Yemen
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    Yemen in Crisis
    Yemen’s internal divisions and a Saudi-led military intervention have spawned an escalating political, military, and humanitarian crisis.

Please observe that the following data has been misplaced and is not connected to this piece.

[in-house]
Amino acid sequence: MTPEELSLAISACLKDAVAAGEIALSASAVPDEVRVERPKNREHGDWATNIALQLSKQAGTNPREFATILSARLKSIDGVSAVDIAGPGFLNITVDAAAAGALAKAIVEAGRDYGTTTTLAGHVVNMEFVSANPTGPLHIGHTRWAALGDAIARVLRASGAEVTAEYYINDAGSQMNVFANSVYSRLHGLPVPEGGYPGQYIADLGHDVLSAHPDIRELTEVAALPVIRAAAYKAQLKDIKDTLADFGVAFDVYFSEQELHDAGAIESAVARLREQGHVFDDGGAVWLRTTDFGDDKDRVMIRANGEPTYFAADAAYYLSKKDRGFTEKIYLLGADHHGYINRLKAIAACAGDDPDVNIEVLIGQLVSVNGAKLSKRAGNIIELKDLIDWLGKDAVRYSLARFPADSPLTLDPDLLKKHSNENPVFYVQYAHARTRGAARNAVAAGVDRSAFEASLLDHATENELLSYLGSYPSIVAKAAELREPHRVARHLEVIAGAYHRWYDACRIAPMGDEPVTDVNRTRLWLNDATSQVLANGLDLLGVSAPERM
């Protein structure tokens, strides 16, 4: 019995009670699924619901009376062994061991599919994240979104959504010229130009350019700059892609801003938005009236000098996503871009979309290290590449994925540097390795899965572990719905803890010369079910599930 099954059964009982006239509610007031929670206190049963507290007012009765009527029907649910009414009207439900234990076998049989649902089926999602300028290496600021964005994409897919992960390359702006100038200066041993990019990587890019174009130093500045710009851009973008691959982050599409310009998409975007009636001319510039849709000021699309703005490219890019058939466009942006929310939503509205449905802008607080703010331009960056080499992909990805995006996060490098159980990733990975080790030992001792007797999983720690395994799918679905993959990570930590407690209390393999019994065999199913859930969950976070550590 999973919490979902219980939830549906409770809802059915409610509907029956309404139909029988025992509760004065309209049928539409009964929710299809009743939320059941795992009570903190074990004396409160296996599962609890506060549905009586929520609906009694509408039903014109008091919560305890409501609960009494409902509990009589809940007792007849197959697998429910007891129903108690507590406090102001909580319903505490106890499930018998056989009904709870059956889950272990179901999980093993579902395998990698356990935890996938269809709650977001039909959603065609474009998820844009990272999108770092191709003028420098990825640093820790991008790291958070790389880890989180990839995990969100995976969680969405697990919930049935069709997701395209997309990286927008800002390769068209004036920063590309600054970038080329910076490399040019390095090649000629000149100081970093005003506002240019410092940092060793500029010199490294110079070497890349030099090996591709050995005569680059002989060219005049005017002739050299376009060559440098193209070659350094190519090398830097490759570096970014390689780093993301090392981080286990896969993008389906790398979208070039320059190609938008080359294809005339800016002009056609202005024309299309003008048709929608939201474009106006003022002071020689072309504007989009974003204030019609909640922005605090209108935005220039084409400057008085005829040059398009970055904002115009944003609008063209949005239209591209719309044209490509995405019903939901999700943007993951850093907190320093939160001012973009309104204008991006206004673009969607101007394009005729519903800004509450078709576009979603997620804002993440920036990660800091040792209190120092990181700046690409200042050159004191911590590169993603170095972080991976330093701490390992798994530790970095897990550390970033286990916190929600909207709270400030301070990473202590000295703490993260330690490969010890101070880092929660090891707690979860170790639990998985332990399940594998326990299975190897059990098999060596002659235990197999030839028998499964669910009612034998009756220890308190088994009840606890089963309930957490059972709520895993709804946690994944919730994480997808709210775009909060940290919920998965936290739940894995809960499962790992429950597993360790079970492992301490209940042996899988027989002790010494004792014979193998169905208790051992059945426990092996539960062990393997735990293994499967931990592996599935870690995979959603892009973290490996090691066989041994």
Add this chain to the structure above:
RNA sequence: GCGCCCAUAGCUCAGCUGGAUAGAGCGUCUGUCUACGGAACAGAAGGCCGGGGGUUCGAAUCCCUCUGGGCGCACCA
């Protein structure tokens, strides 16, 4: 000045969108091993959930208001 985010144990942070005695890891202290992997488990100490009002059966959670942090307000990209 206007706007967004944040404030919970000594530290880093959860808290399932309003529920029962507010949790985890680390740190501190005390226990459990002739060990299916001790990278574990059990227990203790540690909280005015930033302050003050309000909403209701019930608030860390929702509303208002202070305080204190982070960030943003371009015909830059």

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    How Iran Can Hold the World Oil Market Hostage
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  • Yemen
    An Inside Look at Yemen